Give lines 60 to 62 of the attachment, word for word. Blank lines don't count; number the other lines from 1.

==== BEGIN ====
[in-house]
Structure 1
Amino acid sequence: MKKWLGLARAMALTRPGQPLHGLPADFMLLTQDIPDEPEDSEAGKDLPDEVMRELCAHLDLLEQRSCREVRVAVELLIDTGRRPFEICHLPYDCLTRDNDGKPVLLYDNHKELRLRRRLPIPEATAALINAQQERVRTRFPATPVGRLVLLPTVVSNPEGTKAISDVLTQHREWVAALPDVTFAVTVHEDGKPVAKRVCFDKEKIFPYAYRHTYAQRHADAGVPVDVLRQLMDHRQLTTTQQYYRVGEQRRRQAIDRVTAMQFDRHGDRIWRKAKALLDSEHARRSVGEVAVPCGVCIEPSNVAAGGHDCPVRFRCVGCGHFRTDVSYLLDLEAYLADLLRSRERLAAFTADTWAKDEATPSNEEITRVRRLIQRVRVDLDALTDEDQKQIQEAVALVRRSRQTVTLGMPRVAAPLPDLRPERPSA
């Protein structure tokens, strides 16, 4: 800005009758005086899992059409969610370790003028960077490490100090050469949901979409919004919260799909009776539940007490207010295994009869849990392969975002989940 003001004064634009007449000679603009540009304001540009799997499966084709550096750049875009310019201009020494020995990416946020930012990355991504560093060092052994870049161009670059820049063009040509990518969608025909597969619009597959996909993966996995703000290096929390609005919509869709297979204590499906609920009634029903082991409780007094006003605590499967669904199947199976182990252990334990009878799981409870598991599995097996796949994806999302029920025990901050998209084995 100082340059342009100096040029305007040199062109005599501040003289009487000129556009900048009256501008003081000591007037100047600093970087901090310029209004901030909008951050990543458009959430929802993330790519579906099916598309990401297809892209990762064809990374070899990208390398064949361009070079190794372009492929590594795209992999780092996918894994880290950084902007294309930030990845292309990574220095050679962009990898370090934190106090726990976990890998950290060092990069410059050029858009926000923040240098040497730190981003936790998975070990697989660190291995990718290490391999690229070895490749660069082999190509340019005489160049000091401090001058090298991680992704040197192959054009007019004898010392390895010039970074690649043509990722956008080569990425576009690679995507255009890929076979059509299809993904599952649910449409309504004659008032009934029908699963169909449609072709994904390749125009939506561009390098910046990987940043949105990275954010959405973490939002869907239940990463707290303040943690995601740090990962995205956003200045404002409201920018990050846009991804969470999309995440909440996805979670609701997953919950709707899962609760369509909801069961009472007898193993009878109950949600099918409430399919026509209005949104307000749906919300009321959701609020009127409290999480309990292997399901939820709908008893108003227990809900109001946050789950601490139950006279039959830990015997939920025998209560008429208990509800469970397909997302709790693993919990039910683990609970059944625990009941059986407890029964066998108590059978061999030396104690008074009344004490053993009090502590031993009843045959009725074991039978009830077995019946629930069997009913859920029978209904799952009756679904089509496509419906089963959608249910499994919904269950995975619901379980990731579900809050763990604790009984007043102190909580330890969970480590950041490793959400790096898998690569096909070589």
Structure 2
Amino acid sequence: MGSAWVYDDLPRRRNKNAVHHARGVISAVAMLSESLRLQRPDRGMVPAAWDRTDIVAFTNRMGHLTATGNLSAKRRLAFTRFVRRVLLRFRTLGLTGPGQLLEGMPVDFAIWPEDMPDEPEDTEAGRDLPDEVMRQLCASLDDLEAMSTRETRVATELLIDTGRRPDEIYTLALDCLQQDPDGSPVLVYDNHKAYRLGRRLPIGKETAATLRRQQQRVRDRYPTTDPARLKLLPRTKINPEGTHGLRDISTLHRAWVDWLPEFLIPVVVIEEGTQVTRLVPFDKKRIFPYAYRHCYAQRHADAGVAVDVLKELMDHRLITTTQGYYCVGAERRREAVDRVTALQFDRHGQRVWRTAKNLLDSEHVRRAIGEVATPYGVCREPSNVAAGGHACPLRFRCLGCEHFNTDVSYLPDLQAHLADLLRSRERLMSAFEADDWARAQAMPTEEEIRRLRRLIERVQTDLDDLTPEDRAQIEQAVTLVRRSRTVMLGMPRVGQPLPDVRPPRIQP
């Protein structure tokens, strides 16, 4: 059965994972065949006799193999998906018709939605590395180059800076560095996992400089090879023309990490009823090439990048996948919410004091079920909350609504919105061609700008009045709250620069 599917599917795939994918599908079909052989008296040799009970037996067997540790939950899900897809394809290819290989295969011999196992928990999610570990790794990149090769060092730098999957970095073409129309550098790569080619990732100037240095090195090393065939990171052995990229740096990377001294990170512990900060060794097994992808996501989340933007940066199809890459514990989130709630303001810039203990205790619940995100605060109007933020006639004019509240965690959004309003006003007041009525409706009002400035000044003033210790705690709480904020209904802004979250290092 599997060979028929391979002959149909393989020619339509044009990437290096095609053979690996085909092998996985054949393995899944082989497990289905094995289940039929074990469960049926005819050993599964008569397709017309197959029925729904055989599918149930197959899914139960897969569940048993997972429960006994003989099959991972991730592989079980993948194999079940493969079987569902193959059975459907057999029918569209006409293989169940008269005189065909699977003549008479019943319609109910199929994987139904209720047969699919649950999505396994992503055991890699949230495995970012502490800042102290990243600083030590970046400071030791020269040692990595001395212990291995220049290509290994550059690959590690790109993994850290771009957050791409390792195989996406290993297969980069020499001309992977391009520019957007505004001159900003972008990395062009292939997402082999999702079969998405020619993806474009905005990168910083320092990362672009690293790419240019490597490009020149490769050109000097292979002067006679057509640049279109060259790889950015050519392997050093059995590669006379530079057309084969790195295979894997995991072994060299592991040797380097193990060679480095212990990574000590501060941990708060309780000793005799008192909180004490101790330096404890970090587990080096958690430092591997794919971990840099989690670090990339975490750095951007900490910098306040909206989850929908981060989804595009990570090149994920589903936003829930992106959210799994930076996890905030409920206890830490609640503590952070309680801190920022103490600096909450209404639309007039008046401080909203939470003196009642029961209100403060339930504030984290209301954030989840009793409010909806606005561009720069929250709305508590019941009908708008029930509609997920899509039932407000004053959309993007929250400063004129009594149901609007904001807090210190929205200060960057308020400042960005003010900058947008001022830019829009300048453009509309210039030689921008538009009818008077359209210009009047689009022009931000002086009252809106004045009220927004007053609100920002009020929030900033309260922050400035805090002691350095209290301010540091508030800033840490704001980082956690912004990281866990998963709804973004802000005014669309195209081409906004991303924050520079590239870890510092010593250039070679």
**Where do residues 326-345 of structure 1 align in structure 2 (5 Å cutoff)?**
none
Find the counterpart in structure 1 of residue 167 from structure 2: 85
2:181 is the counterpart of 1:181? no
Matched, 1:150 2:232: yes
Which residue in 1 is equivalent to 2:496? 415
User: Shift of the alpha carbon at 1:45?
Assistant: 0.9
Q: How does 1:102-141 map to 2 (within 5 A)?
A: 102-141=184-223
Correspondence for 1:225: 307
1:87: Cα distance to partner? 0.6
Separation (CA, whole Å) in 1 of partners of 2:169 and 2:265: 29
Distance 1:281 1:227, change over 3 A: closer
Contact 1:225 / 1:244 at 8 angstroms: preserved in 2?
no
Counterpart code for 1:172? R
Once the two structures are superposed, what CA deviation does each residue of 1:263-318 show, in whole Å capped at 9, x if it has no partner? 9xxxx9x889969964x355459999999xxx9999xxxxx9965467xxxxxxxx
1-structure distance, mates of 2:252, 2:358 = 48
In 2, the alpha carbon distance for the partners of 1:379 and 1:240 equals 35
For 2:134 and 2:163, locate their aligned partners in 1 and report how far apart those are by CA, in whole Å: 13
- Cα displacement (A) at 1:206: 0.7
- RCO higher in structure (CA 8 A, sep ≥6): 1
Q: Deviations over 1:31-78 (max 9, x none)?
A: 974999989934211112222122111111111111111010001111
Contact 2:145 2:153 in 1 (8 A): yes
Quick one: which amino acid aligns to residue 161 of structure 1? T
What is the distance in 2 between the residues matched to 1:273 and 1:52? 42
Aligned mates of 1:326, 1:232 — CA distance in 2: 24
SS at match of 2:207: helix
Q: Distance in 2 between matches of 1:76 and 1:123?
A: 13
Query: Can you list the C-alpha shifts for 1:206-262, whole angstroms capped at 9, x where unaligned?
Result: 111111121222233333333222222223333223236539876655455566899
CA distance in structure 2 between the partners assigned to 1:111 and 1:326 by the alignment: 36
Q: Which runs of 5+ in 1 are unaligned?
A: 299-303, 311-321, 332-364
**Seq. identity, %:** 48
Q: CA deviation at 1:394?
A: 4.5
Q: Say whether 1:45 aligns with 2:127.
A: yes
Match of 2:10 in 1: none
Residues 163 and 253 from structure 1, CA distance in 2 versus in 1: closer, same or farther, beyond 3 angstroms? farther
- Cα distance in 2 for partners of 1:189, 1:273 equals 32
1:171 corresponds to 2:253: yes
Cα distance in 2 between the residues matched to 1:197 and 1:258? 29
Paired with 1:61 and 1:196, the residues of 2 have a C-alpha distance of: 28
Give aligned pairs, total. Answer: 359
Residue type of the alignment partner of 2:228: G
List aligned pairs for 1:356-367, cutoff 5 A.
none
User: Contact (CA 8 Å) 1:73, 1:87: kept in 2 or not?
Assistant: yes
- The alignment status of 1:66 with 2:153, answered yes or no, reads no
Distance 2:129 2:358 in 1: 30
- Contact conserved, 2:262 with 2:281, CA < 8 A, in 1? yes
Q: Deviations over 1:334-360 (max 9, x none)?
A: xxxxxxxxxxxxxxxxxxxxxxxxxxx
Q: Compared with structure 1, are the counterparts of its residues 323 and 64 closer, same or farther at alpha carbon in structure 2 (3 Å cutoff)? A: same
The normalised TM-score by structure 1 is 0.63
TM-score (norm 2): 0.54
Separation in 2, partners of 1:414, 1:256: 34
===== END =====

User: Contact (CA 8 Å) 1:73, 1:87: kept in 2 or not?
Assistant: yes
- The alignment status of 1:66 with 2:153, answered yes or no, reads no